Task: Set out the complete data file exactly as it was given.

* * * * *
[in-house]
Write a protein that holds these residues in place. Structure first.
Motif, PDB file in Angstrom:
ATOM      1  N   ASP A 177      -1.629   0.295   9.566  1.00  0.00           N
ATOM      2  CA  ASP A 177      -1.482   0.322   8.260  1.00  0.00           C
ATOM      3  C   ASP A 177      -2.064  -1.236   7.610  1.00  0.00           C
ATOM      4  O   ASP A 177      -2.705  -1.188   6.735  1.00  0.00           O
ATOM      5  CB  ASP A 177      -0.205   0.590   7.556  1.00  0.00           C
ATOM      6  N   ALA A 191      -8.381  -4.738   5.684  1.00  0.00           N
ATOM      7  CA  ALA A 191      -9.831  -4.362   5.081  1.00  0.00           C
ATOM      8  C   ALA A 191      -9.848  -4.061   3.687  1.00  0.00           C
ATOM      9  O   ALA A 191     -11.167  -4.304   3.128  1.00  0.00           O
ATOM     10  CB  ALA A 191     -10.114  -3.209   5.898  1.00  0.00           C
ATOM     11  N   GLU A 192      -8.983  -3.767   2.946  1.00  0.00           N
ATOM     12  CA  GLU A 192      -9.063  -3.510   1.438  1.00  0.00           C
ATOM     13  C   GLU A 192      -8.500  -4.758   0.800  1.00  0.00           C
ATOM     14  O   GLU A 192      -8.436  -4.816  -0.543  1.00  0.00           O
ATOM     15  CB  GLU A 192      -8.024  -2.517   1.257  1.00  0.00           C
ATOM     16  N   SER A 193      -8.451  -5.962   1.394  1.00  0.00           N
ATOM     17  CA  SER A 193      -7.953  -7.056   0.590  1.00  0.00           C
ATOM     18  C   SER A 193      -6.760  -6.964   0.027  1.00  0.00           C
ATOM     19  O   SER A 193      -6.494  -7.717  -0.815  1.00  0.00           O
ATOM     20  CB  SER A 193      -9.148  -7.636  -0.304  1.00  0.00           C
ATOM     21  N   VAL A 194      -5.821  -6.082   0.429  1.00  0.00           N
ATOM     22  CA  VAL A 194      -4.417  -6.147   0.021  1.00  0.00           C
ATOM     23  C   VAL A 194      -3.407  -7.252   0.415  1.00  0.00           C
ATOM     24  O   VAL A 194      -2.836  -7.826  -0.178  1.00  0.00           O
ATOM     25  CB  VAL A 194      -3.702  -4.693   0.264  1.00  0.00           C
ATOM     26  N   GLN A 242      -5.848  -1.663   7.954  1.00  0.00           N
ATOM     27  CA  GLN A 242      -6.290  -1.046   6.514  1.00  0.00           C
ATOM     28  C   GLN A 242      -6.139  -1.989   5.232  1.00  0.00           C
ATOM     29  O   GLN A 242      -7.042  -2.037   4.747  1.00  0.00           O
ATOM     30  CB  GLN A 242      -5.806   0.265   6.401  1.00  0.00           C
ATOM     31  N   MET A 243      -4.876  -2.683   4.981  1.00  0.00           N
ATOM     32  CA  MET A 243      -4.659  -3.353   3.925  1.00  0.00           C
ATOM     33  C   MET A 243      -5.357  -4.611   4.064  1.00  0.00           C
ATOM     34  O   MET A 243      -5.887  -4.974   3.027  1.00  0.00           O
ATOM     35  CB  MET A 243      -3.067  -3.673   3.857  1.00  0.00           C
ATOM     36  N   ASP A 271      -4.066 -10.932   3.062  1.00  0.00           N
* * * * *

[in-house]
Write a protein that holds these residues in place. Structure first.
Motif, PDB file in Angstrom:
ATOM      1  N   ASP A 177      -1.629   0.295   9.566  1.00  0.00           N
ATOM      2  CA  ASP A 177      -1.482   0.322   8.260  1.00  0.00           C
ATOM      3  C   ASP A 177      -2.064  -1.236   7.610  1.00  0.00           C
ATOM      4  O   ASP A 177      -2.705  -1.188   6.735  1.00  0.00           O
ATOM      5  CB  ASP A 177      -0.205   0.590   7.556  1.00  0.00           C
ATOM      6  N   ALA A 191      -8.381  -4.738   5.684  1.00  0.00           N
ATOM      7  CA  ALA A 191      -9.831  -4.362   5.081  1.00  0.00           C
ATOM      8  C   ALA A 191      -9.848  -4.061   3.687  1.00  0.00           C
ATOM      9  O   ALA A 191     -11.167  -4.304   3.128  1.00  0.00           O
ATOM     10  CB  ALA A 191     -10.114  -3.209   5.898  1.00  0.00           C
ATOM     11  N   GLU A 192      -8.983  -3.767   2.946  1.00  0.00           N
ATOM     12  CA  GLU A 192      -9.063  -3.510   1.438  1.00  0.00           C
ATOM     13  C   GLU A 192      -8.500  -4.758   0.800  1.00  0.00           C
ATOM     14  O   GLU A 192      -8.436  -4.816  -0.543  1.00  0.00           O
ATOM     15  CB  GLU A 192      -8.024  -2.517   1.257  1.00  0.00           C
ATOM     16  N   SER A 193      -8.451  -5.962   1.394  1.00  0.00           N
ATOM     17  CA  SER A 193      -7.953  -7.056   0.590  1.00  0.00           C
ATOM     18  C   SER A 193      -6.760  -6.964   0.027  1.00  0.00           C
ATOM     19  O   SER A 193      -6.494  -7.717  -0.815  1.00  0.00           O
ATOM     20  CB  SER A 193      -9.148  -7.636  -0.304  1.00  0.00           C
ATOM     21  N   VAL A 194      -5.821  -6.082   0.429  1.00  0.00           N
ATOM     22  CA  VAL A 194      -4.417  -6.147   0.021  1.00  0.00           C
ATOM     23  C   VAL A 194      -3.407  -7.252   0.415  1.00  0.00           C
ATOM     24  O   VAL A 194      -2.836  -7.826  -0.178  1.00  0.00           O
ATOM     25  CB  VAL A 194      -3.702  -4.693   0.264  1.00  0.00           C
ATOM     26  N   GLN A 242      -5.848  -1.663   7.954  1.00  0.00           N
ATOM     27  CA  GLN A 242      -6.290  -1.046   6.514  1.00  0.00           C
ATOM     28  C   GLN A 242      -6.139  -1.989   5.232  1.00  0.00           C
ATOM     29  O   GLN A 242      -7.042  -2.037   4.747  1.00  0.00           O
ATOM     30  CB  GLN A 242      -5.806   0.265   6.401  1.00  0.00           C
ATOM     31  N   MET A 243      -4.876  -2.683   4.981  1.00  0.00           N
ATOM     32  CA  MET A 243      -4.659  -3.353   3.925  1.00  0.00           C
ATOM     33  C   MET A 243      -5.357  -4.611   4.064  1.00  0.00           C
ATOM     34  O   MET A 243      -5.887  -4.974   3.027  1.00  0.00           O
ATOM     35  CB  MET A 243      -3.067  -3.673   3.857  1.00  0.00           C
ATOM     36  N   ASP A 271      -4.066 -10.932   3.062  1.00  0.00           N